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Surprise Over DTI Tool

Moves to finalise debt-to-income restrictions have triggered lively chatter amongst investors.

By: Sally Lindsay

28 June 2023

The recent moves by the Reserve Bank to finalise its debt-to-income (DTI) restrictions tool has sparked discussion and surprise amongst property investors. Changes seem almost certain to be imposed from about March 2024 and have become an even greater likelihood since the RBNZ’s surprise move to loosen loan-to-value (LVR) ratio restrictions earlier than anticipated.

Here’s where things stand and some key unknowns:

No-one knows what the DTI limits will be. Will the RBNZ introduce a cap of seven times that of income, regardless of borrower type? Could there be exemptions introduced for new builds? Is a speed limit system likely, as per the existing LVR rules?

Banks will look at “all” income and debt when calculating DTIs, incorporating existing loans as well as the potential new mortgage being assessed. The rules will not apply to non-bank lenders.

Impact Of Caps

Given investors’ risk profile and tendency for higher DTIs, the caps are expected to have a greater impact on these buyers more than others. Although more relaxed LVR rules will tend to work in favour of investors, this may be cold comfort. After all, a smaller home deposit simply means a larger mortgage and higher DTI.

So, what would a change in DTIs mean in reality? At a DTI of seven, for someone with an income of $100,000 and existing debt levels of say $350,000, in basic terms the rules would allow for an extra $350,000 of new debt (making total debt of $700,000). For an investor looking at another purchase, the rental stream on that extra property will contribute to income and allow for some additional debt. How much will be decided by each specific lender. However, that simple example illustrates the restraints DTIs could have on investors’ ability to expand their portfolio in the short to medium-term. An extra $350,000 of debt may not go far in today’s market.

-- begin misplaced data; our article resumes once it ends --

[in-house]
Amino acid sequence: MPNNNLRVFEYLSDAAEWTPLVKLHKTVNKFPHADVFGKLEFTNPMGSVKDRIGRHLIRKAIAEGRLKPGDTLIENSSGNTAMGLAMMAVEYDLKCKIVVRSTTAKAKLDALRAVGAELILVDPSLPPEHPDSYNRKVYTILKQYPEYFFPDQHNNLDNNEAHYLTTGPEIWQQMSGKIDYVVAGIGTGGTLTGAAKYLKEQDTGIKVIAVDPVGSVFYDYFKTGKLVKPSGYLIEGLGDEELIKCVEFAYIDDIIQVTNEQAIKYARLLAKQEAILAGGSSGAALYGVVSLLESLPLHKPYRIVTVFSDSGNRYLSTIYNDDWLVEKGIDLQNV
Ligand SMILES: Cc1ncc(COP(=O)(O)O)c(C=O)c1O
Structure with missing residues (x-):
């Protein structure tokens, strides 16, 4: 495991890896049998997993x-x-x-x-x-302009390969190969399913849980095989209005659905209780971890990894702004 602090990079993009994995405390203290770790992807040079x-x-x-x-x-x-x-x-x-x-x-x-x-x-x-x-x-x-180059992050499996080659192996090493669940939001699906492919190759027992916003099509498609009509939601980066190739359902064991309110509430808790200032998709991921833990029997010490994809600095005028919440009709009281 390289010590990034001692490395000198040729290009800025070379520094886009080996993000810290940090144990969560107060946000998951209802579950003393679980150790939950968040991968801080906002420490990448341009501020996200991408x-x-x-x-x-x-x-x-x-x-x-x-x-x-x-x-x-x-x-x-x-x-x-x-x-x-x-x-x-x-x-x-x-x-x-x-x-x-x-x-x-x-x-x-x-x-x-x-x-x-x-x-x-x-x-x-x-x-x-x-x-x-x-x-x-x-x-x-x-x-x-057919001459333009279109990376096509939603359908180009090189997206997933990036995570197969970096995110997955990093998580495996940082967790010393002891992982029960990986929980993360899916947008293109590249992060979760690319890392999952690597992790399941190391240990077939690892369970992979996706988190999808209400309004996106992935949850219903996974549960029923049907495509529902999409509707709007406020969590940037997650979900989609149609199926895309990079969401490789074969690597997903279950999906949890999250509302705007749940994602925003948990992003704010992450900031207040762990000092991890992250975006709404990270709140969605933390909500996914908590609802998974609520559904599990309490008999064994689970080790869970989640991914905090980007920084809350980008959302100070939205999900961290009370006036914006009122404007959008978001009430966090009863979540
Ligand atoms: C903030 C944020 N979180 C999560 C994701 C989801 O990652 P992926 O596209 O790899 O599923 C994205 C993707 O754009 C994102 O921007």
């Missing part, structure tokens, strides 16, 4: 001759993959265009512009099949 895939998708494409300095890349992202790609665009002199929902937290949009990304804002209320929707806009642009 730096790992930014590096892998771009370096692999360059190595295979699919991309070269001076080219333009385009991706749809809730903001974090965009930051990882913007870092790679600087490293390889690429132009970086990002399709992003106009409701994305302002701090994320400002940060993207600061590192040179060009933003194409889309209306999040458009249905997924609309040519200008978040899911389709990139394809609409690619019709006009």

Bottom Line

The RBNZ’s modelling suggests someone who already has a large portfolio in the range of seven to 10 properties and therefore higher existing debt levels may not be able to secure their next property for a decade after a DTI system has been imposed.

Similarly, someone with a small portfolio of one to two properties may not be able to add their next one for at least five years.

The bottom line is income needs time to grow to service higher debt levels.

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